Houston Historic Sites
DESCRIPTION: Founded just after 1865 and is the oldest African American district in the city; lots of wooden shotgun houses still serve as dwellings. The skyline of downtown Houston grew up as a backdrop on its east side. Rutherford B. Yates, son of Jack Yates and the 1st African American printer in Houston lived here. Founder’s Memorial Park sits of the northern edge of the district. Today, gentrification is gobbling up the edges of this historic district, which are close to downtown.
ADDRESS: bounded by I-45 Freeway, Kirby, Montrose and Gray, Houston, TX MAP
PHONE: tour info 713-739-9414
Jack Yates House
DESCRIPTION: In 1870 former enslaved person, Rev John Henry “Jack” Yates (1828-1897) used his carpentry and leadership skills to build this home, which was formerly located in the Fourth Ward. Yates was widely respected for his ability to motivate former slaves to get an education, buy land, build homes and vote. Rev. Yates helped establish the first Baptist College in the state which opened in Marshall, Texas in 1881. A few years later, 1885, he helped open the Houston Baptist Academy to prepare students for business, industrial trades, and the ministry; call the Heritage Society for tour times.
ADDRESS: 1100 Bagby in Sam Houston Park, Houston, TX MAP
2209 Dowling Street
DESCRIPTION: The building was Houston’s unofficial headquarters for the Civil Rights Movement under the leadership of attorney Eldrewey Stearns. His office was here. Much of the planning for the first lunch counter sit-in in Downtown Houston was executed here in February 1960.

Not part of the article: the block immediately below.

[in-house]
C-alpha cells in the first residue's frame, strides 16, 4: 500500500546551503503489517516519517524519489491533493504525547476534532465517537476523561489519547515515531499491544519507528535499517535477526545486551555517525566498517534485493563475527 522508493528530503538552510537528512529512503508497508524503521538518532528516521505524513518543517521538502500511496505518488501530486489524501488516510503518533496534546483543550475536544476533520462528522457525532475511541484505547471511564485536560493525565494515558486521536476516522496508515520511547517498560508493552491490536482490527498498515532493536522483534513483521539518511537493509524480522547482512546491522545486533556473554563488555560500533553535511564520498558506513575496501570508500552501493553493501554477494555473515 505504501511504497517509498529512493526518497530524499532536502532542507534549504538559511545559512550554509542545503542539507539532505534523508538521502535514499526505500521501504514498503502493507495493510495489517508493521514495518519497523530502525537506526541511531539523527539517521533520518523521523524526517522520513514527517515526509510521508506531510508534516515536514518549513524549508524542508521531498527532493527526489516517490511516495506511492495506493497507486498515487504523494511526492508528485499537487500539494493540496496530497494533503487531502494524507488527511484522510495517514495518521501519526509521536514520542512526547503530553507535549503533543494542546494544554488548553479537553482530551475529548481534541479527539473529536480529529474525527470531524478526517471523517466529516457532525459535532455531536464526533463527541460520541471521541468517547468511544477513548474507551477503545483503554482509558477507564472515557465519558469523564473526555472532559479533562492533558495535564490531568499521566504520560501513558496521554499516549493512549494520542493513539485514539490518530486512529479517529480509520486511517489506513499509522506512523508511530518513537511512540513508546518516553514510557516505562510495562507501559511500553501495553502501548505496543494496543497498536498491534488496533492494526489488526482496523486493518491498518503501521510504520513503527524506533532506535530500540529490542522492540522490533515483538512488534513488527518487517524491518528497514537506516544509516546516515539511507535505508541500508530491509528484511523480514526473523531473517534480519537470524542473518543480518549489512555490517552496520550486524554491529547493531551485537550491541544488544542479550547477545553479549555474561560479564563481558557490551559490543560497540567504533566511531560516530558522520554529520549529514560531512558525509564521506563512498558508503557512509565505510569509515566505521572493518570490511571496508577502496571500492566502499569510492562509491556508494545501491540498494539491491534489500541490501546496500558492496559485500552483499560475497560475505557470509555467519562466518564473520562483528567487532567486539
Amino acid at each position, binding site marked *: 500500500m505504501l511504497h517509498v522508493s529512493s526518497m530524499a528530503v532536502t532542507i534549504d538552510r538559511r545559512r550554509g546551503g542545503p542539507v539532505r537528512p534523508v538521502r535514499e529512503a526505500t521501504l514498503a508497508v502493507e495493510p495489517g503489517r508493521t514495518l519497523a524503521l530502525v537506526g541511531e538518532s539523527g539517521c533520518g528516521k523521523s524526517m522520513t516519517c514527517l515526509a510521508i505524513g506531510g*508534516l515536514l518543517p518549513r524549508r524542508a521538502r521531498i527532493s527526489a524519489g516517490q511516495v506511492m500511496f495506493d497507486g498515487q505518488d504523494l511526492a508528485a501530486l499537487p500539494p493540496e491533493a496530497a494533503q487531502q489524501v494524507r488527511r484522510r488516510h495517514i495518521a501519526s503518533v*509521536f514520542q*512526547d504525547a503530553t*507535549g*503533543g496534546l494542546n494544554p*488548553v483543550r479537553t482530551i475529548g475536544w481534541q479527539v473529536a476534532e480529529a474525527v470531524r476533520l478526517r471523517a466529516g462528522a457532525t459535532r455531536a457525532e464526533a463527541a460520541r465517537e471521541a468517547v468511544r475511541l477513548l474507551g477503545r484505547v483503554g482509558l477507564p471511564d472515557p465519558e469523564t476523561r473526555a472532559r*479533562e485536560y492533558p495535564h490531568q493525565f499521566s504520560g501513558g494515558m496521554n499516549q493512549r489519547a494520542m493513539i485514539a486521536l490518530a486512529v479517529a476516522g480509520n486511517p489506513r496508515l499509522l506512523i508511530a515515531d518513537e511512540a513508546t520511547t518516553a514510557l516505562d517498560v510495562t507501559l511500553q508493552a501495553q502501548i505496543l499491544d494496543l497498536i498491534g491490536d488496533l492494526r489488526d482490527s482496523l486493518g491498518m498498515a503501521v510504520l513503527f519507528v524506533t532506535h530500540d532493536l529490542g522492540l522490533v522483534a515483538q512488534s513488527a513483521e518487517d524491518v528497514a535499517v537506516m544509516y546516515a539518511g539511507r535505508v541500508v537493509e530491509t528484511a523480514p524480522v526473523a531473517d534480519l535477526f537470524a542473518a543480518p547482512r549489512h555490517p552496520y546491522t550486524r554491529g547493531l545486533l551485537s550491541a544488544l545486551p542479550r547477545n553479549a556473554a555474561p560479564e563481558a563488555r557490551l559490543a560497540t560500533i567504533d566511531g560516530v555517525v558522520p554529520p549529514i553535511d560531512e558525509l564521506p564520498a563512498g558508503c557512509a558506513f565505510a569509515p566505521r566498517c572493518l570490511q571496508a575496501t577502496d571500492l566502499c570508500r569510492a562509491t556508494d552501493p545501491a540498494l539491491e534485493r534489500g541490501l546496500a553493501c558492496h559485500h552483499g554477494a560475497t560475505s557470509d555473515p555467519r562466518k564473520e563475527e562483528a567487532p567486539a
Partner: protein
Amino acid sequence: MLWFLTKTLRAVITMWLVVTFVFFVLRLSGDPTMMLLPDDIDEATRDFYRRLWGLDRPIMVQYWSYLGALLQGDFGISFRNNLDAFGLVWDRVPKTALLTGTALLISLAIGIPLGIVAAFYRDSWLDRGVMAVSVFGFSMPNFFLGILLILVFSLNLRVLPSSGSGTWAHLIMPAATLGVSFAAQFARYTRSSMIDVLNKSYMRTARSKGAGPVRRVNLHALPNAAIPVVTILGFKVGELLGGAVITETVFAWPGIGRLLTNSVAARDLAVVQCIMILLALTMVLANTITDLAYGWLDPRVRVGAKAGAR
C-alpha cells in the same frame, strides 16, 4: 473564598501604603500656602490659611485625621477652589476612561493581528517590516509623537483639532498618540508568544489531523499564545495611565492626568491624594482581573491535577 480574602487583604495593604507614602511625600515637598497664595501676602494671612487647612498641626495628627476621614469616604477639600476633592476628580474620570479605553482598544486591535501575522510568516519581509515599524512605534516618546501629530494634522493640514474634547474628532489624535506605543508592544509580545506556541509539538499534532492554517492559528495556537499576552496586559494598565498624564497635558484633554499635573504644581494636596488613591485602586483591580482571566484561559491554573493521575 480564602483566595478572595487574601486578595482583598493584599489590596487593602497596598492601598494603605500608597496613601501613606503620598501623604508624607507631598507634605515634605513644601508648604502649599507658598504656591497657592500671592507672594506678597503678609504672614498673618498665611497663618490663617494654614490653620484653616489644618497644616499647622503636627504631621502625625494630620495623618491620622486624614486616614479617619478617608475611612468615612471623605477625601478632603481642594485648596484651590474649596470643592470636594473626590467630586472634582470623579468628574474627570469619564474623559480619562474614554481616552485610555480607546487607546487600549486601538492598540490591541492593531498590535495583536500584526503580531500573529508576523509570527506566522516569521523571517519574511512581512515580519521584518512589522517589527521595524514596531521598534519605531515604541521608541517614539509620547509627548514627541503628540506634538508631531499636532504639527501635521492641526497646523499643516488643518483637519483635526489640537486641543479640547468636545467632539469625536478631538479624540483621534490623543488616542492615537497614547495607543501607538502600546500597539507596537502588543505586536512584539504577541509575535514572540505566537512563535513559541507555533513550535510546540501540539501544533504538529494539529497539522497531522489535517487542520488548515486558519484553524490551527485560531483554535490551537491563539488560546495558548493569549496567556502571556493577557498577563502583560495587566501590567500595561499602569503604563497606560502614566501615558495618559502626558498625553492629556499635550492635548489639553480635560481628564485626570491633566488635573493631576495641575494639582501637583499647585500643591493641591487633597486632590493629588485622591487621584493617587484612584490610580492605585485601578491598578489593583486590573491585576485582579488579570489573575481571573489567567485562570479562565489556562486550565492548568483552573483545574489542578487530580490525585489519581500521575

ADDRESS: 2209 Dowling Street, Houston, TX MAP
DESCRIPTION: Nat King Cole, Ray Charles and Big Mama Thornton sang at this venue on the Chitlin’ circuit. The club was located on the 2nd floor.
ADDRESS: Dowling Street at Elgin Street, Houston, TX MAP
African American Library at the Gregory School
DESCRIPTION: Located in the first public school for African Americans in Houston; today, the first floor is dedicated to exhibits that highlight African American history and culture.
ADDRESS: 1300 Victor Street, Houston, TX MAP
Phyllis Wheatley High School
DESCRIPTION: Most older cities with large African American populations have historic schools which showcased the best and brightest; in Houston this Fifth Ward school was among the best. It includes Barbara Jordan and Mickey Leland as alumni since they were Fifth Ward residents.
ADDRESS: 4801 Providence Street, Houston, TX MAP
Houston Negro Hospital
DESCRIPTION: Now called “Riverside General Hospital”, the Houston Negro Hospital completed in 1926, is a three-story building in Spanish Colonial Revival style located in the city’s Third Ward. It was the first non-profit hospital for Black patients in Houston, and it provided a place of work for Black physicians. The hospital campus is still in use for medical purposes; listed on the National Register of Historic Places.
ADDRESS: 3204 Ennis Street, Houston, TX MAP
DESCRIPTION: The first black community in Texas was established around 1908, as middle-class African American families began moving into north Houston. Independence Heights operated as a city until its 1915 annexation by the City of Houston. It has a Texas Historical Marker and is listed on the National Register of Historic Places.
ADDRESS: 7818 North Main Street, Houston, TX MAP